Many new classes are starting this fall at ITM and with the influx of students coming to the school, starting a career where they will be helping others, we thought to write a blog about how students can help themselves-self care 101 for the new massage therapist. The reason most massages therapists “burn out” is injury and fatigue.
Meditation is one of the oldest types of complementary therapies. We all know what meditation is (think: man with a beard sitting on a mountain top), but are you aware of all the benefits of meditation? www.mayoclinic.com/health/meditation/HQ01070 lists many conditions that meditation can benefit; including allergies, cancer, heart disease and high blood pressure. Getting started is easy: sit comfortably on the floor or a mat, close your eyes and then open them part way looking up towards your eye lids. Breathe. Count from one to ten and then start again. 1-10. If you feel yourself counting to 20 simply start at the beginning again. If you find yourself thinking of the worries or your day, start counting again. Sit in meditation for 10-20 minutes if possible. For more information, including guided meditations visit the website www.freemeditations.com
Yoga goes hand in hand with meditation. Yoga is a moving meditation, exercise combined with breath work (pranayama). Studies have shown that yoga helps alleviate stress, wrist and back pain, insomnia and much more. Don’t be intimidated by pictures of yogis holding what seem to be impossible asana (poses) for in definite periods of time; Yoga can be as simple as sitting and breathing. www.yogajournal.com is a good online resource for yoga education.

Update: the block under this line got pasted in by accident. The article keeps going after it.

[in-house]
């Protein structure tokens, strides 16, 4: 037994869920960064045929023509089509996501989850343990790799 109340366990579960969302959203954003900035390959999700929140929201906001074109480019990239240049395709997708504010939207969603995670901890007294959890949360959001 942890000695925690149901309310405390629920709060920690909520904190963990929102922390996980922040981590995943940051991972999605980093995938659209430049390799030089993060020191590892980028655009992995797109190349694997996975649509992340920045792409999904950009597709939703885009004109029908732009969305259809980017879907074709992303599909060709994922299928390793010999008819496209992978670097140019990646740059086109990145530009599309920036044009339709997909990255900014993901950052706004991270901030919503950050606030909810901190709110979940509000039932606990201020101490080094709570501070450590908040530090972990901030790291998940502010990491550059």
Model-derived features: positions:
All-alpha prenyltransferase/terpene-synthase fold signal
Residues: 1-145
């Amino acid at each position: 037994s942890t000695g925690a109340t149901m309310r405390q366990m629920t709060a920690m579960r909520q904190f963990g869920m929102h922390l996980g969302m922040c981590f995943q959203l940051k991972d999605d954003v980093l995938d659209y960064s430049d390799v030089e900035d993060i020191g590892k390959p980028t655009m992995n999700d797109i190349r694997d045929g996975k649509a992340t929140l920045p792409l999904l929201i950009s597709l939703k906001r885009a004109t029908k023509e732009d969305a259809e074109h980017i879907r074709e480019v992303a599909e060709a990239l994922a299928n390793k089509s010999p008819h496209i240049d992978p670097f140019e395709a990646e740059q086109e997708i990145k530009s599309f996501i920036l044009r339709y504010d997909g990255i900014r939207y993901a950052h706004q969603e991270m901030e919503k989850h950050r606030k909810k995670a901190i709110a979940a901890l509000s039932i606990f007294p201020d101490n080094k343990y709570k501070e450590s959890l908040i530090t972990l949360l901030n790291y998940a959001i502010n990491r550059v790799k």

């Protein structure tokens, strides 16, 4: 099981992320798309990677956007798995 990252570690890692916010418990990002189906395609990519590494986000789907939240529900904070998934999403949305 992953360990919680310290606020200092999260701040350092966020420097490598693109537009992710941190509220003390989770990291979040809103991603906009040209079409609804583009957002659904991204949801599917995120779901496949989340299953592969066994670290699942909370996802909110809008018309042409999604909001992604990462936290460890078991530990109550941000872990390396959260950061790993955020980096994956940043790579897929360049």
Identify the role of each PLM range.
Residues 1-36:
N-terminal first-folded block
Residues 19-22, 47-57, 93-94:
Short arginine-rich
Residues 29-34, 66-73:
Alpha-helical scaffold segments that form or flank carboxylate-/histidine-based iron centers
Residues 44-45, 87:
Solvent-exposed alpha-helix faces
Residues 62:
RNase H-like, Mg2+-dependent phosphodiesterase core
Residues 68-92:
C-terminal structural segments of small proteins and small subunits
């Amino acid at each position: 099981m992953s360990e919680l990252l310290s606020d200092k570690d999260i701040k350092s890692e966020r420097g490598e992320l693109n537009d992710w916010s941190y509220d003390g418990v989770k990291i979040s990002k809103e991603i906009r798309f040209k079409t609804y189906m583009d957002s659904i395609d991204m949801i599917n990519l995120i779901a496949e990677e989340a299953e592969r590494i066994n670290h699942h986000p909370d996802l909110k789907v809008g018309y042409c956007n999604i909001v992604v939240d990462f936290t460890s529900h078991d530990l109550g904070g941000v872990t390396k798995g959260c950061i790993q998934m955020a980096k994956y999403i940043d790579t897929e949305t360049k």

Regularly receiving massage and giving self massage is vital to maintaining a massage career. Over use of the muscles of the forearm and wrist lead to repetitive motion injuries, chronic inflammation and pain. Regular massage keeps the muscles that are most often strained in massage soft and stretched; leading to a decreased incidence of injury. Here are some tips for performing self massage to the hands from WebMD (from the website www.webmd.com/balance/stress-management/features/massage-therapy-stress-relief-much-more).
Stretch your hands and fingers out. Rub each finger from the base to the tip, gently pulling and twisting each finger as you go.
Next, rest your left hand, palm upward, on your lap. Squeeze the fleshy part of your palm between your right thumb and index finger, moving from your wrist to the base of your thumb.
Now squeeze that web between your left index finger and thumb several times, looking for any tender points.
Then rub the entire palm with your right thumb, applying firm pressure and using gliding strokes from the wrist to the base of each finger.
Repeat this process on your right hand.
The article goes on to talk about care for several different areas of the body, and the internet is loaded with different techniques that are just a quick Google search away. Be well.